“Sure,” Mainbridge said. He leaned back in his overstuffed desk chair and looked up at the ceiling before answering. “OK, a few questions to begin. First, let me ask this. What makes a human being a person?”

McFeather frowned. “Hmm, that’s a good one. I’m not really sure.”

“Separate a person from his arms and legs, and he is still a person, isn’t he?” Mainbridge held his hands out to his sides as if appealing his case. McFeather nodded.

“I suppose.”

“All right, how much of his body does he need? Do we need our stomach, liver and spleen to be a person? What about our tongue? What if we were a disembodied brain that was able to think and feel? Would we still be a person?”

“And your point is?”

“My point being, if these ‘souls’ you have captured are still able to function in order to solve problems and interact with you, then you are dealing with human beings. And if they are, indeed, people, you have to consider that what you are suggesting is no less than a form of slavery.”

“Slavery?”

Mainbridge nodded. “You use them as you see fit. You don’t pay them. They aren’t free to come and go as they please. How is that different than slavery?”

McFeather chuckled again. “So this recording of the person should have the same rights as the person you recorded. Is that what you’re saying?”

“If they are independent thinkers, able to act creatively and solve problems on their own, then yes. That’s what I am saying. They need the same considerations as your flesh and blood brothers.”

“That seems a bit of a stretch. But what other implications do you see?”

Mainbridge picked up his coffee cup and took a sip, thinking as he did so.

“Well, on the positive side, it would be an alternative to the concept of heaven. More like a purgatory, I would suppose.”

“What do you mean?”

“A recorded soul—I suspect you are talking about a digitized soul here—would never wear out. No replacing parts, no worrying about what you eat or getting enough exercise. But then, you are stuck in a box.”

McFeather shrugged. “Give me web access and enough coffee and I would be set for the duration.”

Mainbridge was the one to shrug this time. “I doubt it would be that simple. I would need something meaningful to do to pass the time. Either that, or some sort of short-term memory loss.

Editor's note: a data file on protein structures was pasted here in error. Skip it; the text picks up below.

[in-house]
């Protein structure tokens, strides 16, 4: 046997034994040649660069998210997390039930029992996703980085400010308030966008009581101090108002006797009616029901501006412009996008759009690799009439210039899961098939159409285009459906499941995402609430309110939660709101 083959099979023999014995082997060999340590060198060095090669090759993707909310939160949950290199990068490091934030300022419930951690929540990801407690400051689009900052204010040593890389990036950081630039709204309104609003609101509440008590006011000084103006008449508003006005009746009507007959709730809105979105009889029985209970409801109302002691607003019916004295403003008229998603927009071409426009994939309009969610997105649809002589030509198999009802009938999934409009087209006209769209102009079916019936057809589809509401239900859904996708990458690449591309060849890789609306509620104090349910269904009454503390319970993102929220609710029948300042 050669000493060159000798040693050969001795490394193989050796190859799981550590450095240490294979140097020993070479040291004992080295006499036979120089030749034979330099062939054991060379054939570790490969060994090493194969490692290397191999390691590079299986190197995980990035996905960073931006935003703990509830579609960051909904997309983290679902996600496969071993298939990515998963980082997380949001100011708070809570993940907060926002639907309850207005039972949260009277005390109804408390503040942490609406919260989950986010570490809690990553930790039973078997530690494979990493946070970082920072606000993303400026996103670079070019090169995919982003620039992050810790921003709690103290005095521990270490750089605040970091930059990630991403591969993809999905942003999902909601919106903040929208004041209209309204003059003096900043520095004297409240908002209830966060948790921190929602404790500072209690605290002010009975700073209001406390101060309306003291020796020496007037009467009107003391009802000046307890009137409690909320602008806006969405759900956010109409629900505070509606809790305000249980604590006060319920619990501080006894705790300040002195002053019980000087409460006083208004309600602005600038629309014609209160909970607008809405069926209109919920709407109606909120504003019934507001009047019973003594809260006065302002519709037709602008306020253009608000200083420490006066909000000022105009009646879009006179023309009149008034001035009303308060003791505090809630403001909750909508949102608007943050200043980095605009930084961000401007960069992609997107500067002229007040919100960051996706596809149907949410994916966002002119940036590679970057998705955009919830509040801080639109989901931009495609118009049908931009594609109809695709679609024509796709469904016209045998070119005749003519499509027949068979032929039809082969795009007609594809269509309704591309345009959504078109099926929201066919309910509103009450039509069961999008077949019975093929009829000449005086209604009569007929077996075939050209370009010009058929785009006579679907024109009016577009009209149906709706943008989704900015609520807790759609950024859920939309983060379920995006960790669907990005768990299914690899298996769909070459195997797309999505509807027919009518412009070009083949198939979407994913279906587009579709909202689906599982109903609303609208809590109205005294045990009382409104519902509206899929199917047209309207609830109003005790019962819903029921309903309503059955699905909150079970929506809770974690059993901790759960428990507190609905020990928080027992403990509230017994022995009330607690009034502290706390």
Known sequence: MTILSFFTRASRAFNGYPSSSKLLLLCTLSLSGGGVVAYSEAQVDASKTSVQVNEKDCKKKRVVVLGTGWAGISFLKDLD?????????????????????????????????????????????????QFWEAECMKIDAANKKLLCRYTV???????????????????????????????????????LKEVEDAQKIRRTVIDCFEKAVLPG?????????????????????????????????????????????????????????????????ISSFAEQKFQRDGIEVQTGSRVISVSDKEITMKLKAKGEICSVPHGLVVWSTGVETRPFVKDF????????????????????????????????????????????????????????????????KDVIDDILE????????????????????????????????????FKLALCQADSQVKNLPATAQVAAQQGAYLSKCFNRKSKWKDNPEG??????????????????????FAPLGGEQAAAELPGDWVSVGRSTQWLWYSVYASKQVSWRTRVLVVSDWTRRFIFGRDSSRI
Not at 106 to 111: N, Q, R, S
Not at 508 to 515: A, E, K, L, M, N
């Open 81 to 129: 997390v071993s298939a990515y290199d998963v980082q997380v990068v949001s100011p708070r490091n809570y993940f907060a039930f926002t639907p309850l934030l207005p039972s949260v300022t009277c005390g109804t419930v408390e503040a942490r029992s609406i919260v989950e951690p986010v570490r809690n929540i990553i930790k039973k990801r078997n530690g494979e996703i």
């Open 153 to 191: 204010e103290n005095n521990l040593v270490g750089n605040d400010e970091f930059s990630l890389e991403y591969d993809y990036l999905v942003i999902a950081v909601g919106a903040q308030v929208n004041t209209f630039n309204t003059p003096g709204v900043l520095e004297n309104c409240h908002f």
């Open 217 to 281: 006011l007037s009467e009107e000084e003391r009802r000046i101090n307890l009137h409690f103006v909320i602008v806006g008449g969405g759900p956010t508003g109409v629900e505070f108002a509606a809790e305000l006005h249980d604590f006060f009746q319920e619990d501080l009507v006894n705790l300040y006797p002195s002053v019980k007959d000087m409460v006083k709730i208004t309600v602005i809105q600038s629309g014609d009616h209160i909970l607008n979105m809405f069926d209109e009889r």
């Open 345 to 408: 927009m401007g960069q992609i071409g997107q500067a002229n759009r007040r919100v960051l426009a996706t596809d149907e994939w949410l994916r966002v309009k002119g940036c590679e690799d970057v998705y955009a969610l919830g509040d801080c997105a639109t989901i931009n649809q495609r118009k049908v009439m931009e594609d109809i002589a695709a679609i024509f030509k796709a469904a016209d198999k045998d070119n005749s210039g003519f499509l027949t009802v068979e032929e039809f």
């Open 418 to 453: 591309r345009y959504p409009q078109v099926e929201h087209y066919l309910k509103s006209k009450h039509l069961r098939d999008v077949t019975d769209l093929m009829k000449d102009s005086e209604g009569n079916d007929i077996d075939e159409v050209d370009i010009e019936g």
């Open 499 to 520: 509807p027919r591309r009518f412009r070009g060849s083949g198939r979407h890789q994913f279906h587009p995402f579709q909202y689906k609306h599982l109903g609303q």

“I would suspect that these captured souls would work best—most true to themselves—if they weren’t aware of their situation. You’d have to trick them into believing that they were living a normal existence. Otherwise, they would either refuse to cooperate or would give a biased response. They wouldn’t be themselves.”

McFeather nodded. “Sounds reasonable.”

“Finally,” Mainbridge said. “There’s the question of how much access you would have to the memories of your captured souls. Would they be able to say no when you asked them for information?”

McFeather shook his head. “We’re really just talking about a database here. A sophisticated database that can also problem solve, mind you, but still just a repository of information. It would defeat my purposes if the computer would refuse to answer me.”

“I see,” said Mainbridge. “Then you raise the question of privacy. Everyone has things in their lives and in their minds that they share with only a select few or perhaps with no one else at all. I am sure you have such thoughts and memories in your own life. Would you want to be forced to make all your past sins and secrets public?”

McFeather didn’t answer, but stared at Mainbridge, who could see he was considering his last question. After a long pause, he opened his mouth to speak.

“Well, this discussion has been very enlightening. Thank you for taking the time to talk to me.”

Mainbridge nodded and stood to shake McFeather’s hand.

“My pleasure, Jordan. It’s always a privilege to discuss such ethical issues with a colleague.” Mainbridge watched as McFeather put his coffee cup down and pulled the front door open and let light stream into the room once again.

“Don’t be a stranger, Jordan,” Mainbridge said, and McFeather paused to nod, perhaps a little self consciously before closing the door behind him.

Mainbridge stood in the middle of the room, staring off into the dark corners for  a long moment before a thought came to him. He took a couple of steps and pulled the door open.

“Oh, Jordan, just one more thought–,” he said, but he opened the door to blackness. He could see no walls, ceiling or floor. He paused, looking out into the void before pursing his lips and closing the door slowly.

He took the few steps back to his desk and sat down, once again pulling up his notes on Heidegger and continued.